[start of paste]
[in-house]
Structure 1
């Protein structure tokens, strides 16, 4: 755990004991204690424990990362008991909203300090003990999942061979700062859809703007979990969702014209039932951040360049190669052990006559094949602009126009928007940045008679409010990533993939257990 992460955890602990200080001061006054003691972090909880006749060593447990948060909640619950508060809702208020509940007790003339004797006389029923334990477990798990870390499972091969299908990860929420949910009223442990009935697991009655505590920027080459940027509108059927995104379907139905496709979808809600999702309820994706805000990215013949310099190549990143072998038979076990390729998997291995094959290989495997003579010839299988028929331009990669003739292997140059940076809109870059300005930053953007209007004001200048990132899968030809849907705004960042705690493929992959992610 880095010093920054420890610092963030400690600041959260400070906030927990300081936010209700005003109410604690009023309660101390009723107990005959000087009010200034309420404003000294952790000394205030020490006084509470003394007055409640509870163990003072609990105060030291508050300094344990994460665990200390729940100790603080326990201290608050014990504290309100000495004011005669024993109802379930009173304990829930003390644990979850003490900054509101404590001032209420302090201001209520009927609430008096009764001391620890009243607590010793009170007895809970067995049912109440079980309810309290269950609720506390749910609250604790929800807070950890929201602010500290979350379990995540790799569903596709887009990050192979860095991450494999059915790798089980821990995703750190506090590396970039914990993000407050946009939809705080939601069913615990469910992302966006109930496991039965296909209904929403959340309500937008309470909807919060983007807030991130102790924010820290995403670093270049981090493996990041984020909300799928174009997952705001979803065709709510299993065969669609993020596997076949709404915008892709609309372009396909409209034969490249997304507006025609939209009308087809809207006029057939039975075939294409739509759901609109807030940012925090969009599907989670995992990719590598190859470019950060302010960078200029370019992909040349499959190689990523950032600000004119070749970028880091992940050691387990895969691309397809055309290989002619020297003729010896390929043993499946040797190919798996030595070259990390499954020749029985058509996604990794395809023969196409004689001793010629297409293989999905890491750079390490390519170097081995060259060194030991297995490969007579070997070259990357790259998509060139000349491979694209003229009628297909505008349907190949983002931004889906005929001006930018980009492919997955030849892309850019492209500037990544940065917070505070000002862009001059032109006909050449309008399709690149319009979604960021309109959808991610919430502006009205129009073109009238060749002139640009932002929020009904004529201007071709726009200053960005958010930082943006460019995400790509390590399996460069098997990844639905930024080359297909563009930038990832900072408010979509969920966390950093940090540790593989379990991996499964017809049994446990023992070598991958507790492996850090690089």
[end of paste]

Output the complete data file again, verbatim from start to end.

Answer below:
[in-house]
Structure 1
């Protein structure tokens, strides 16, 4: 755990004991204690424990990362008991909203300090003990999942061979700062859809703007979990969702014209039932951040360049190669052990006559094949602009126009928007940045008679409010990533993939257990 992460955890602990200080001061006054003691972090909880006749060593447990948060909640619950508060809702208020509940007790003339004797006389029923334990477990798990870390499972091969299908990860929420949910009223442990009935697991009655505590920027080459940027509108059927995104379907139905496709979808809600999702309820994706805000990215013949310099190549990143072998038979076990390729998997291995094959290989495997003579010839299988028929331009990669003739292997140059940076809109870059300005930053953007209007004001200048990132899968030809849907705004960042705690493929992959992610 880095010093920054420890610092963030400690600041959260400070906030927990300081936010209700005003109410604690009023309660101390009723107990005959000087009010200034309420404003000294952790000394205030020490006084509470003394007055409640509870163990003072609990105060030291508050300094344990994460665990200390729940100790603080326990201290608050014990504290309100000495004011005669024993109802379930009173304990829930003390644990979850003490900054509101404590001032209420302090201001209520009927609430008096009764001391620890009243607590010793009170007895809970067995049912109440079980309810309290269950609720506390749910609250604790929800807070950890929201602010500290979350379990995540790799569903596709887009990050192979860095991450494999059915790798089980821990995703750190506090590396970039914990993000407050946009939809705080939601069913615990469910992302966006109930496991039965296909209904929403959340309500937008309470909807919060983007807030991130102790924010820290995403670093270049981090493996990041984020909300799928174009997952705001979803065709709510299993065969669609993020596997076949709404915008892709609309372009396909409209034969490249997304507006025609939209009308087809809207006029057939039975075939294409739509759901609109807030940012925090969009599907989670995992990719590598190859470019950060302010960078200029370019992909040349499959190689990523950032600000004119070749970028880091992940050691387990895969691309397809055309290989002619020297003729010896390929043993499946040797190919798996030595070259990390499954020749029985058509996604990794395809023969196409004689001793010629297409293989999905890491750079390490390519170097081995060259060194030991297995490969007579070997070259990357790259998509060139000349491979694209003229009628297909505008349907190949983002931004889906005929001006930018980009492919997955030849892309850019492209500037990544940065917070505070000002862009001059032109006909050449309008399709690149319009979604960021309109959808991610919430502006009205129009073109009238060749002139640009932002929020009904004529201007071709726009200053960005958010930082943006460019995400790509390590399996460069098997990844639905930024080359297909563009930038990832900072408010979509969920966390950093940090540790593989379990991996499964017809049994446990023992070598991958507790492996850090690089």